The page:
5 Healthiest Keto Fat Sources



Although low-fat diets for weight loss were promoted for years, studies have debunked the low-fat craze. Instead, low-carb diets are better for weight loss than low-fat diets. There are many high-quality keto fat sources, with some of the tastiest choices being salmon, walnuts, and avocado.

Coconut oil is rich in medium-chain triglycerides (MCTs) and vitamin E. 1 tbsp of coconut oil is roughly 121 calories and 13.5g of fat, of which 11.2g is saturated fat.

Salmon is another great source of healthy fats. Salmon is rich in omega-3 fatty acids, B vitamins, potassium, selenium, and protein. While the macronutrients in salmon vary based on quality (fresh, wild-caught salmon tends to have a higher fat content than frozen farm-raised salmon), an average 4 oz fillet is around 14g of fat, 3g of which is from saturated fat, and 25g of protein.

Egg yolks are often demonized because of their higher cholesterol content but, egg yolks provide numerous nutrients and health benefits. Egg yolks are rich in vitamin A, B12, D, E and K, omega-3 fatty acids, and folate. Furthermore, eggs are rich in the amino acids tryptophan and tyrosine which have been shown to improve heart health and mood. One egg yolk is approximately 55 calories, 2.7g of protein, 4.5g of fat, and 0.6g of carbohydrates.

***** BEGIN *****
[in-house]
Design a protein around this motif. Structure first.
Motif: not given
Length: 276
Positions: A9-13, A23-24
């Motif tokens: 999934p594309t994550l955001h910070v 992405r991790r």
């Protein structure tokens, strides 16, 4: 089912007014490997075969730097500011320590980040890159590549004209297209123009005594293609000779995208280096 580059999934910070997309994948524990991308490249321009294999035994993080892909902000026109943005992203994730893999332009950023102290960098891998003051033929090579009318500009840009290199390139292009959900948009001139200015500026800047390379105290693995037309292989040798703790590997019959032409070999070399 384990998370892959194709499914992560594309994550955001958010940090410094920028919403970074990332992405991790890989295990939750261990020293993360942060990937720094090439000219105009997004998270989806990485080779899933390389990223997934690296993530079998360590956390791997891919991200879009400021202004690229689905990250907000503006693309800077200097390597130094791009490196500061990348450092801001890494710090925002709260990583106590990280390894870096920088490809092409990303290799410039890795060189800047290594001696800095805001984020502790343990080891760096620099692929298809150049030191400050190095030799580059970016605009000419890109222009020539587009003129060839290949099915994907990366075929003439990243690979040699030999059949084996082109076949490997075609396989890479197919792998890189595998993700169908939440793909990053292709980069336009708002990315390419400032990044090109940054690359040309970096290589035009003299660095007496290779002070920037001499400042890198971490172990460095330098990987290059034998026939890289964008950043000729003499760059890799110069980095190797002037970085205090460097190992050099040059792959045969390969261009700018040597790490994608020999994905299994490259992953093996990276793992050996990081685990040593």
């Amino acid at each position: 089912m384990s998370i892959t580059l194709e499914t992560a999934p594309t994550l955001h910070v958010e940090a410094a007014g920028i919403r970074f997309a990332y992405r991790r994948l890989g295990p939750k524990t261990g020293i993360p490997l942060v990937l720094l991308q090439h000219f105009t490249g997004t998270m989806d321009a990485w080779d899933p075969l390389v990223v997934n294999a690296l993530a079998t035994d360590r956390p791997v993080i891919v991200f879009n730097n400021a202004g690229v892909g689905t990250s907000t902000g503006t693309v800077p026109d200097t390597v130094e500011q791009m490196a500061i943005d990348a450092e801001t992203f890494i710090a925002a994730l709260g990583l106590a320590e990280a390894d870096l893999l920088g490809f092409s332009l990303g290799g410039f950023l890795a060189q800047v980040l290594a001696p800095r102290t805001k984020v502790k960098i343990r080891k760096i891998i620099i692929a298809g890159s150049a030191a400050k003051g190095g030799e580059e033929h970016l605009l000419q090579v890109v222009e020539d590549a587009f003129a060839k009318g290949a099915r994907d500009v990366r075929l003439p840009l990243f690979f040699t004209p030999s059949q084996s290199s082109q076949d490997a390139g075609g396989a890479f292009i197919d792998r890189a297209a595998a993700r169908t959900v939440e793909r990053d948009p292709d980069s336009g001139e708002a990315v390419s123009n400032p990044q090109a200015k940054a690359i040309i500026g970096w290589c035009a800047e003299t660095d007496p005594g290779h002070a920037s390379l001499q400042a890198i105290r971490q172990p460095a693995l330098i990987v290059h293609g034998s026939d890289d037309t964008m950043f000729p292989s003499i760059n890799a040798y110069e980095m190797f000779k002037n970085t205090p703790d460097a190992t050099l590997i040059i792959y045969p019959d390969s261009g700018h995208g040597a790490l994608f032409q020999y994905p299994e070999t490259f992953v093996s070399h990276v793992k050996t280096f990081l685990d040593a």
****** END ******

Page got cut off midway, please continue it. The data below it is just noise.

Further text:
Most people go for almonds when on keto but, walnuts are another great keto nut alternative. Walnuts are rich in alpha-linolenic acid (ALA), omega-3 fatty acids, magnesium, and antioxidants. Walnuts have been shown to help reduce inflammation and improve gut health. 1 cup of unflavored, organic walnuts contains approximately 200 calories, 4g of carbohydrates, 2g of fiber, 20g of fat, and 5g of protein.

 

Avocados are a keto staple because they are rich in so many vitamins and minerals. Avocados are a great source of fiber, potassium, magnesium, folate, omega-3 fatty acids, and vitamins B6, C, E, and k. 1 whole, medium, raw avocado contains approximately 234 calories, 21g of fat, 3g of protein, 12g total carbohydrates, and 10g of fiber.




Reference

Yancy WS, Olsen MK, Guyton JR, et al. A Low-Carbohydrate, Ketogenic Diet versus a Low-Fat Diet To Treat Obesity and Hyperlipidemia: A Randomized, Controlled Trial. Ann Intern Med. 2004;140:769–777.